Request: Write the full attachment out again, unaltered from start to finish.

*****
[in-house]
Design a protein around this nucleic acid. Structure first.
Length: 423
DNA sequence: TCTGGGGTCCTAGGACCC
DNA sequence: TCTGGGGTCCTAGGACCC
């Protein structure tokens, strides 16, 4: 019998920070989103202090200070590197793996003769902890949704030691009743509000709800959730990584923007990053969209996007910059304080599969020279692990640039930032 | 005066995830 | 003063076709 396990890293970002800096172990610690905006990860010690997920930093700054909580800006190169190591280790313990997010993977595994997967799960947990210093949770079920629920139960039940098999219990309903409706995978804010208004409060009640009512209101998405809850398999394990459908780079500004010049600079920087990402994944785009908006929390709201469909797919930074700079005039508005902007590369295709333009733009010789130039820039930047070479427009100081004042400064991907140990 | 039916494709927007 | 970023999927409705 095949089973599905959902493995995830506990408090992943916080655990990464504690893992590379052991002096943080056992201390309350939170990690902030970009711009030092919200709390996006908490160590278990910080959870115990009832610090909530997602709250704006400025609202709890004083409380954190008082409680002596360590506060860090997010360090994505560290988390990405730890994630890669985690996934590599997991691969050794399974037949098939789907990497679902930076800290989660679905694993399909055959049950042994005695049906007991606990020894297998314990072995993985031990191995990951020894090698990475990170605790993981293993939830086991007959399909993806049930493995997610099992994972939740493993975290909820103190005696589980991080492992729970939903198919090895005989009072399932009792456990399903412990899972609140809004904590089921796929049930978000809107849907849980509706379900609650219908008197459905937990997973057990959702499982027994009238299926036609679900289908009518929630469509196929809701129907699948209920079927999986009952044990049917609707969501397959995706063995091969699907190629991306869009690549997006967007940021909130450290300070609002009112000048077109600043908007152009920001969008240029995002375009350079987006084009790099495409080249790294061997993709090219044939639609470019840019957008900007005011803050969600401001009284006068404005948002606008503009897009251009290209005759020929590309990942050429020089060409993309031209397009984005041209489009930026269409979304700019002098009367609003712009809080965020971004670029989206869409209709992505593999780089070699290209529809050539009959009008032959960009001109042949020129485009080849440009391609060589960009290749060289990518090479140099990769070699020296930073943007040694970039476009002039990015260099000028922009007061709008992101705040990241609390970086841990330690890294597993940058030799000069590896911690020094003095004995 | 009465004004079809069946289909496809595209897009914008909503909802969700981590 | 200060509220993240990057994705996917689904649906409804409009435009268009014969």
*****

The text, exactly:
[in-house]
Design a protein around this nucleic acid. Structure first.
Length: 423
DNA sequence: TCTGGGGTCCTAGGACCC
DNA sequence: TCTGGGGTCCTAGGACCC
């Protein structure tokens, strides 16, 4: 019998920070989103202090200070590197793996003769902890949704030691009743509000709800959730990584923007990053969209996007910059304080599969020279692990640039930032 | 005066995830 | 003063076709 396990890293970002800096172990610690905006990860010690997920930093700054909580800006190169190591280790313990997010993977595994997967799960947990210093949770079920629920139960039940098999219990309903409706995978804010208004409060009640009512209101998405809850398999394990459908780079500004010049600079920087990402994944785009908006929390709201469909797919930074700079005039508005902007590369295709333009733009010789130039820039930047070479427009100081004042400064991907140990 | 039916494709927007 | 970023999927409705 095949089973599905959902493995995830506990408090992943916080655990990464504690893992590379052991002096943080056992201390309350939170990690902030970009711009030092919200709390996006908490160590278990910080959870115990009832610090909530997602709250704006400025609202709890004083409380954190008082409680002596360590506060860090997010360090994505560290988390990405730890994630890669985690996934590599997991691969050794399974037949098939789907990497679902930076800290989660679905694993399909055959049950042994005695049906007991606990020894297998314990072995993985031990191995990951020894090698990475990170605790993981293993939830086991007959399909993806049930493995997610099992994972939740493993975290909820103190005696589980991080492992729970939903198919090895005989009072399932009792456990399903412990899972609140809004904590089921796929049930978000809107849907849980509706379900609650219908008197459905937990997973057990959702499982027994009238299926036609679900289908009518929630469509196929809701129907699948209920079927999986009952044990049917609707969501397959995706063995091969699907190629991306869009690549997006967007940021909130450290300070609002009112000048077109600043908007152009920001969008240029995002375009350079987006084009790099495409080249790294061997993709090219044939639609470019840019957008900007005011803050969600401001009284006068404005948002606008503009897009251009290209005759020929590309990942050429020089060409993309031209397009984005041209489009930026269409979304700019002098009367609003712009809080965020971004670029989206869409209709992505593999780089070699290209529809050539009959009008032959960009001109042949020129485009080849440009391609060589960009290749060289990518090479140099990769070699020296930073943007040694970039476009002039990015260099000028922009007061709008992101705040990241609390970086841990330690890294597993940058030799000069590896911690020094003095004995 | 009465004004079809069946289909496809595209897009914008909503909802969700981590 | 200060509220993240990057994705996917689904649906409804409009435009268009014969």